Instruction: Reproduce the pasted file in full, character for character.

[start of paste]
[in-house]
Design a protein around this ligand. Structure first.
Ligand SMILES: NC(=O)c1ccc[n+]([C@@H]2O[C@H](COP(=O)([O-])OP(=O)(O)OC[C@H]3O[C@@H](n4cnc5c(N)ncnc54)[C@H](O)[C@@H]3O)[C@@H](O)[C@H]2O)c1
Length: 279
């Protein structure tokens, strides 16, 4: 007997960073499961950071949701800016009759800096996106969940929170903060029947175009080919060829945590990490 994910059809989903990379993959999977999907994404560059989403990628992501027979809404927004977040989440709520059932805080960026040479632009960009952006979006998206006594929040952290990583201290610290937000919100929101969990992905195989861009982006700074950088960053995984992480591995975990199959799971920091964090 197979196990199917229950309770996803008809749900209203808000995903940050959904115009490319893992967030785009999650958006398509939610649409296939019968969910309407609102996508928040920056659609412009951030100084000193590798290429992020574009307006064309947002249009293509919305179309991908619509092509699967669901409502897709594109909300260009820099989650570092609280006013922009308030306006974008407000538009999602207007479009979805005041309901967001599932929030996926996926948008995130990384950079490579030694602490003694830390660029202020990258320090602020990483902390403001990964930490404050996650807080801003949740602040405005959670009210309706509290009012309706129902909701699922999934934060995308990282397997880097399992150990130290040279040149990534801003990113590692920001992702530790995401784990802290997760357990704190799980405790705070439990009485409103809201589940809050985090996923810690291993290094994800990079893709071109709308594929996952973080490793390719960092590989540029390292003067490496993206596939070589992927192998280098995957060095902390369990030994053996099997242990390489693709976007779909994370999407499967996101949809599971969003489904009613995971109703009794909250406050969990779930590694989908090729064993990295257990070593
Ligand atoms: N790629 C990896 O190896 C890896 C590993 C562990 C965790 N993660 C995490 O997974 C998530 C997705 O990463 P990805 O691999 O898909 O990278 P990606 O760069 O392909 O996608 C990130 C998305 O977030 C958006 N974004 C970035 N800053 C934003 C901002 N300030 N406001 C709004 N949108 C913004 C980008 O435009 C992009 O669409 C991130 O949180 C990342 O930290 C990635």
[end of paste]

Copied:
[in-house]
Design a protein around this ligand. Structure first.
Ligand SMILES: NC(=O)c1ccc[n+]([C@@H]2O[C@H](COP(=O)([O-])OP(=O)(O)OC[C@H]3O[C@@H](n4cnc5c(N)ncnc54)[C@H](O)[C@@H]3O)[C@@H](O)[C@H]2O)c1
Length: 279
């Protein structure tokens, strides 16, 4: 007997960073499961950071949701800016009759800096996106969940929170903060029947175009080919060829945590990490 994910059809989903990379993959999977999907994404560059989403990628992501027979809404927004977040989440709520059932805080960026040479632009960009952006979006998206006594929040952290990583201290610290937000919100929101969990992905195989861009982006700074950088960053995984992480591995975990199959799971920091964090 197979196990199917229950309770996803008809749900209203808000995903940050959904115009490319893992967030785009999650958006398509939610649409296939019968969910309407609102996508928040920056659609412009951030100084000193590798290429992020574009307006064309947002249009293509919305179309991908619509092509699967669901409502897709594109909300260009820099989650570092609280006013922009308030306006974008407000538009999602207007479009979805005041309901967001599932929030996926996926948008995130990384950079490579030694602490003694830390660029202020990258320090602020990483902390403001990964930490404050996650807080801003949740602040405005959670009210309706509290009012309706129902909701699922999934934060995308990282397997880097399992150990130290040279040149990534801003990113590692920001992702530790995401784990802290997760357990704190799980405790705070439990009485409103809201589940809050985090996923810690291993290094994800990079893709071109709308594929996952973080490793390719960092590989540029390292003067490496993206596939070589992927192998280098995957060095902390369990030994053996099997242990390489693709976007779909994370999407499967996101949809599971969003489904009613995971109703009794909250406050969990779930590694989908090729064993990295257990070593
Ligand atoms: N790629 C990896 O190896 C890896 C590993 C562990 C965790 N993660 C995490 O997974 C998530 C997705 O990463 P990805 O691999 O898909 O990278 P990606 O760069 O392909 O996608 C990130 C998305 O977030 C958006 N974004 C970035 N800053 C934003 C901002 N300030 N406001 C709004 N949108 C913004 C980008 O435009 C992009 O669409 C991130 O949180 C990342 O930290 C990635």